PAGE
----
Telephone-based genetic counseling is just as useful as in-person meetings for those who would like to better understand and potentially reduce their risks of developing cancer, according to research presented May 13 in advance of the American Society of Clinical Oncology's (ASCO) virtual scientific program, to be held May 29 through 31.
The study indicates that remote forms of counseling, including telephone or real-time video to consult with a healthcare professional, can be a highly effective tool to provide preventive cancer care and genetic counseling, say the authors of the study, which was led by MD Anderson Cancer Center in Houston.
The use of remote healthcare services, or telehealth, has soared in recent months due to the COVID-19 pandemic and the need for healthcare professionals and patients to find ways to communicate without risking transmission of the coronavirus.
The new study, which was performed prior to the pandemic, was designed to assess ways to make genetic testing more accessible and to validate the process of remote testing and counseling.
The study, dubbed MAGENTA (Making Genetic Testing Accessible), is a national, randomized trial focusing on people at risk for breast cancer and ovarian cancer. Genetic counseling can be particularly helpful to assess the risks of these two cancers because there are identifiable gene mutations known to increase risk, such as the BRCA gene mutations.
More than a dozen other gene mutations — including CHEK2, CDH1, and PTEN mutations — are known to increase the risk of breast or ovarian cancer or both.
Genetic counseling and, if indicated, testing can help people understand their risk, determine whether other family members are at an increased risk, and trigger medical care to lower risk, such as more frequent cancer screenings, lifestyle changes, use of preventive medication, and even prophylactic surgery.
The study included nearly 4,000 women age 30 and older who had not had genetic counseling or genetic testing in the past and who either had breast or ovarian cancer themselves or had a family member with one of those cancers.
The participants received a genetic test and were assigned to receive either in-person counseling or telephone counseling. Those who received remote counseling received a genetic home test kit, which required providing a saliva sample in a tube and mailing it in.
Among those participants who completed genetic testing, 7.2 percent were found to have a genetic mutation that increased breast or ovarian cancer risk. Researchers reported no changes in the participants’ levels of anxiety and distress when receiving remote counseling compared with in-person counseling. In fact, those in the telephone counseling group were more likely to follow through with scheduling related medical care compared with those in the in-person counseling group.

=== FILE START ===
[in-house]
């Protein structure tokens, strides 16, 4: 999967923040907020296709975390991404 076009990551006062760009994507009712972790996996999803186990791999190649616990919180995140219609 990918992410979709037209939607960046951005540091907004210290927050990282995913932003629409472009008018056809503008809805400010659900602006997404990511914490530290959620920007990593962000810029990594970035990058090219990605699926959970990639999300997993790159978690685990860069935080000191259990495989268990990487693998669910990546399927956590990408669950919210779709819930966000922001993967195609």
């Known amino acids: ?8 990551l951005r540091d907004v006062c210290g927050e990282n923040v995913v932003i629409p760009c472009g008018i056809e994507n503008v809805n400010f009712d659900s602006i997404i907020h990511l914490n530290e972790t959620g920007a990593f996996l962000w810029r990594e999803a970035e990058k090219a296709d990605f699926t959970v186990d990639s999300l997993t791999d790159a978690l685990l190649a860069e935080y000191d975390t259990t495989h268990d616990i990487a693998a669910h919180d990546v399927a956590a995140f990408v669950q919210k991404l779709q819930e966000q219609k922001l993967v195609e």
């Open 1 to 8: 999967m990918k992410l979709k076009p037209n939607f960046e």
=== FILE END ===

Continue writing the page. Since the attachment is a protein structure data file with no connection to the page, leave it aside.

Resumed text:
“The remote testing and education methods resulted in more follow-through in completing the testing than traditional genetic counseling, even though counseling was provided conveniently by phone,” says EElizabeth M. Swisher, MD, director of the Breast and Ovarian Cancer Prevention Program at the Seattle Cancer Care Alliance and coleader of the Stand Up to Cancer Ovarian Cancer–National Ovarian Cancer Coalition Dream Team, which sponsored the study.
“Our results provide a foundation for electronic access to testing that goes beyond telehealth access, with equivalent patient outcomes — less hassle for patients and less cost to the healthcare system,” says Dr. Swisher.
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In other news from the ASCO annual meeting:
Less Intense Treatment for Throat Cancer Fine for Many
A randomized, phase 2 clinical trial shows that an approach called transoral resection with low-dose radiation is safe and effective for some people with oropharynx (throat) cancer. The approach is easier to tolerate and leaves patients with fewer long-term side effects related to radiation.
The study of 353 people compared several approaches to throat cancer caused by human papillomavirus, which accounts for about 70 percent of the disease, according to the Centers for Disease Control and Prevention. Researchers examined pathological biomarkers unique to each patient, such as the extent of cancer in the lymph nodes and tumor characteristics.